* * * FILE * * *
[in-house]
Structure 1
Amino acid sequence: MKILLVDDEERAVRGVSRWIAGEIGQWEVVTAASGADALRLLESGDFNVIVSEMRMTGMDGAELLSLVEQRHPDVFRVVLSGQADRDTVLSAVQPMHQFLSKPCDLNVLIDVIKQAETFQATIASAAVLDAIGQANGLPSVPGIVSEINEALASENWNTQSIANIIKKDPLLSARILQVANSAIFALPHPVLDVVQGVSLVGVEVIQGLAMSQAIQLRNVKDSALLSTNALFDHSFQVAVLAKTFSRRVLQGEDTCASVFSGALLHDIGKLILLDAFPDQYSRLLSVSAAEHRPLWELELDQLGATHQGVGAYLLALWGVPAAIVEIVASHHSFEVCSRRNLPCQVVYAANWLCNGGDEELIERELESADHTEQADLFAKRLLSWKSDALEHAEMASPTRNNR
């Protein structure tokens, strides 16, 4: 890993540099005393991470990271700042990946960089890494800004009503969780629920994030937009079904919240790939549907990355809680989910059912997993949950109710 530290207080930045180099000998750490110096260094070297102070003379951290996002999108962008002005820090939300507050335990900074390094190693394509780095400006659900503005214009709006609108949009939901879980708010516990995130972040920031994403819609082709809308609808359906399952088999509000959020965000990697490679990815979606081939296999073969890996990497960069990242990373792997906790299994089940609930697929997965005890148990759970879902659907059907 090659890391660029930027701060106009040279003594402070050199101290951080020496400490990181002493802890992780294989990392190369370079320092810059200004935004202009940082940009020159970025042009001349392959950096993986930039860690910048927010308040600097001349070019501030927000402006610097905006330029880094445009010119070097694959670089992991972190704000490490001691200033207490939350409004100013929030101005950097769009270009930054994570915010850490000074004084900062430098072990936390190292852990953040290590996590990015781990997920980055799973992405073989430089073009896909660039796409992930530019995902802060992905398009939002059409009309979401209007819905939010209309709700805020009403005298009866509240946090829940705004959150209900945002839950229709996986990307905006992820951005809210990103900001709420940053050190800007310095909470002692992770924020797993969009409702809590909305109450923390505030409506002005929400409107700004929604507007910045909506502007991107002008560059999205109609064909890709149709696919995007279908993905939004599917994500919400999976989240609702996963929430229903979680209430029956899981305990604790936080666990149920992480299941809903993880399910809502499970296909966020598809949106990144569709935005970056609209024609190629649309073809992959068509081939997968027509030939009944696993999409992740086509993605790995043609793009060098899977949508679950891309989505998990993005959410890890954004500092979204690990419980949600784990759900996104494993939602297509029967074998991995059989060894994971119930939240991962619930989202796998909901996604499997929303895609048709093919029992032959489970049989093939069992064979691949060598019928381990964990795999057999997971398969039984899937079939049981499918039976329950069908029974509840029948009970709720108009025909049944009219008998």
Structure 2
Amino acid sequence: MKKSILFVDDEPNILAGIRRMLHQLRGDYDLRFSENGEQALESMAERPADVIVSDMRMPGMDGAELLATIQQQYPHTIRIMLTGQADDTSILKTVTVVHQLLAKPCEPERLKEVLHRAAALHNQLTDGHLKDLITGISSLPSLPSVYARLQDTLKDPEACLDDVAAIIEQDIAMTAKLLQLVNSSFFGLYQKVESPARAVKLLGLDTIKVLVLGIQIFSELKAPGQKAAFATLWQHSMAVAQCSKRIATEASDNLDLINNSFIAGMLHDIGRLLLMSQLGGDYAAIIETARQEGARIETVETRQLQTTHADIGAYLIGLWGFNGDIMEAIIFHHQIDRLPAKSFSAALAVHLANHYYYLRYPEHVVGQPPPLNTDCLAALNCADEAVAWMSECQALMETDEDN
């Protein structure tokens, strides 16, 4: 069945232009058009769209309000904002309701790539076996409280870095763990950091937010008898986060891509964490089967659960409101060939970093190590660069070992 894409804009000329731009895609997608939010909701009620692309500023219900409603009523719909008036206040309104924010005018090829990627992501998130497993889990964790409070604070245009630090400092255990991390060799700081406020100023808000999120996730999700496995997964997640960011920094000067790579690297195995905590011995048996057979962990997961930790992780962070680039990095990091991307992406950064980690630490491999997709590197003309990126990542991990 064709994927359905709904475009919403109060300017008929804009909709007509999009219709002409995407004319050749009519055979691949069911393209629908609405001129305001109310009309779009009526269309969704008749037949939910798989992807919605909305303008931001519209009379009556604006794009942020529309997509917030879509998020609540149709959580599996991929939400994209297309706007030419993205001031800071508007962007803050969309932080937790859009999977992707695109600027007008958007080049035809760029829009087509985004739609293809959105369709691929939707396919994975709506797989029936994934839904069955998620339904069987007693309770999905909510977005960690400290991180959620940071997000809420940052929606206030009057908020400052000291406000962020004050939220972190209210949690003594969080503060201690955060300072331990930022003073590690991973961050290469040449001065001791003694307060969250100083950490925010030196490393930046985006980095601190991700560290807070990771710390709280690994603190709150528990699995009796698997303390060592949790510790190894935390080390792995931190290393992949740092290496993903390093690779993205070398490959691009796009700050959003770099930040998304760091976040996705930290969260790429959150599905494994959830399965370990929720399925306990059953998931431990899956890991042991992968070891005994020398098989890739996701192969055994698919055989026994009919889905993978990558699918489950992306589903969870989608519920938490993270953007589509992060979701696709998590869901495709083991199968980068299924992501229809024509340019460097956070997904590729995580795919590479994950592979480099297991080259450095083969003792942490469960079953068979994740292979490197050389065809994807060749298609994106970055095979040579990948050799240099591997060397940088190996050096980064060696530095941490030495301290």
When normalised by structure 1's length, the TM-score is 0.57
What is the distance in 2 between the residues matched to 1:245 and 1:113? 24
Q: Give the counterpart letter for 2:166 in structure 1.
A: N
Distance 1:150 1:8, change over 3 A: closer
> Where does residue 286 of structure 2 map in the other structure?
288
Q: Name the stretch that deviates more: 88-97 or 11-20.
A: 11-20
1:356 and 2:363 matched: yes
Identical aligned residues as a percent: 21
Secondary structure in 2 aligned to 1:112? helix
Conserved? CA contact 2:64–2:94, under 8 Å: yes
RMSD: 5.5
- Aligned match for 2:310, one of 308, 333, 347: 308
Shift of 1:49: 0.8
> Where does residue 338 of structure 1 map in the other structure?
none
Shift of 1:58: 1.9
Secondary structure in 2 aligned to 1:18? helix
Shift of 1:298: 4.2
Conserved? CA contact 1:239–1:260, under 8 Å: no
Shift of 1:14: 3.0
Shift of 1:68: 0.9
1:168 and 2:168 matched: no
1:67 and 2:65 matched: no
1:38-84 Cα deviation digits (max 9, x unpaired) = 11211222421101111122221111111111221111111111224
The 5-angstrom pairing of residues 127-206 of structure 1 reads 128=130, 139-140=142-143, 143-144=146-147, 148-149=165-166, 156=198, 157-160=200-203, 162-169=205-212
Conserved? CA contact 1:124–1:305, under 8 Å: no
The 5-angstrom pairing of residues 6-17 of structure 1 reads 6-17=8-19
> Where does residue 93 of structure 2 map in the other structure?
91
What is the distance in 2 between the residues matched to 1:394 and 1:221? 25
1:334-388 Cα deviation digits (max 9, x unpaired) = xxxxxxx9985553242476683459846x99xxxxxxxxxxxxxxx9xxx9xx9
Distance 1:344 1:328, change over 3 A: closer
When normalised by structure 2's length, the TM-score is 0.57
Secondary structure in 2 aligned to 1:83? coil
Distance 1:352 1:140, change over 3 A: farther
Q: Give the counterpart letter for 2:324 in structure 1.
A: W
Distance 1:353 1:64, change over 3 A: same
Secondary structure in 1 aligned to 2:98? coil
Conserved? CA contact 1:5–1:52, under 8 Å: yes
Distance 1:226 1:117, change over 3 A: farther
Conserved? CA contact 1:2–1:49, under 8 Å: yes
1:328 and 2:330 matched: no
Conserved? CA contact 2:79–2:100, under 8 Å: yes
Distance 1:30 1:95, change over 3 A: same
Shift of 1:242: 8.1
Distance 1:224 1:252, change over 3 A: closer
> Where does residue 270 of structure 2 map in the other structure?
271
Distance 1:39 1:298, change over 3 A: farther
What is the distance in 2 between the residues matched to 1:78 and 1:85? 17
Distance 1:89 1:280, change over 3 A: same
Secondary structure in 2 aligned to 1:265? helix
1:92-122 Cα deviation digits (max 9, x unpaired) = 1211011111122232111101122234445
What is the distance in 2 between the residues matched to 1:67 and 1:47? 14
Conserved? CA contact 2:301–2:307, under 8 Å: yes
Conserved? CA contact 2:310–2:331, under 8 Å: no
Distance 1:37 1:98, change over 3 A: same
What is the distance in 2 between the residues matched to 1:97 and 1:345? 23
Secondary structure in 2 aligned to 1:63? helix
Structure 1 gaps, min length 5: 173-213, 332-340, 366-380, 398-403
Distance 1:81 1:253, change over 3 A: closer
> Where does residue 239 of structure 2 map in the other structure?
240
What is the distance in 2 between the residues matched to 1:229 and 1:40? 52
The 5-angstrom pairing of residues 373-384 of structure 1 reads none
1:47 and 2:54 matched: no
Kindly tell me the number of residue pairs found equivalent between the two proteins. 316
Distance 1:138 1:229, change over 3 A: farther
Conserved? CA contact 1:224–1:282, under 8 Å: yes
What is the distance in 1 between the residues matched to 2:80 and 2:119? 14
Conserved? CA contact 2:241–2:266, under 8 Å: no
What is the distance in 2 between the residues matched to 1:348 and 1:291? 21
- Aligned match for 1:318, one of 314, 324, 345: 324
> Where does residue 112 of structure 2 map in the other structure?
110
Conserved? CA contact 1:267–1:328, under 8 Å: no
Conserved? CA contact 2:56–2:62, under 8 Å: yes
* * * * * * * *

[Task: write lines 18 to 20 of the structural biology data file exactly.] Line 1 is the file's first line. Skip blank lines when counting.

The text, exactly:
Identical aligned residues as a percent: 21
Secondary structure in 2 aligned to 1:112? helix
Conserved? CA contact 2:64–2:94, under 8 Å: yes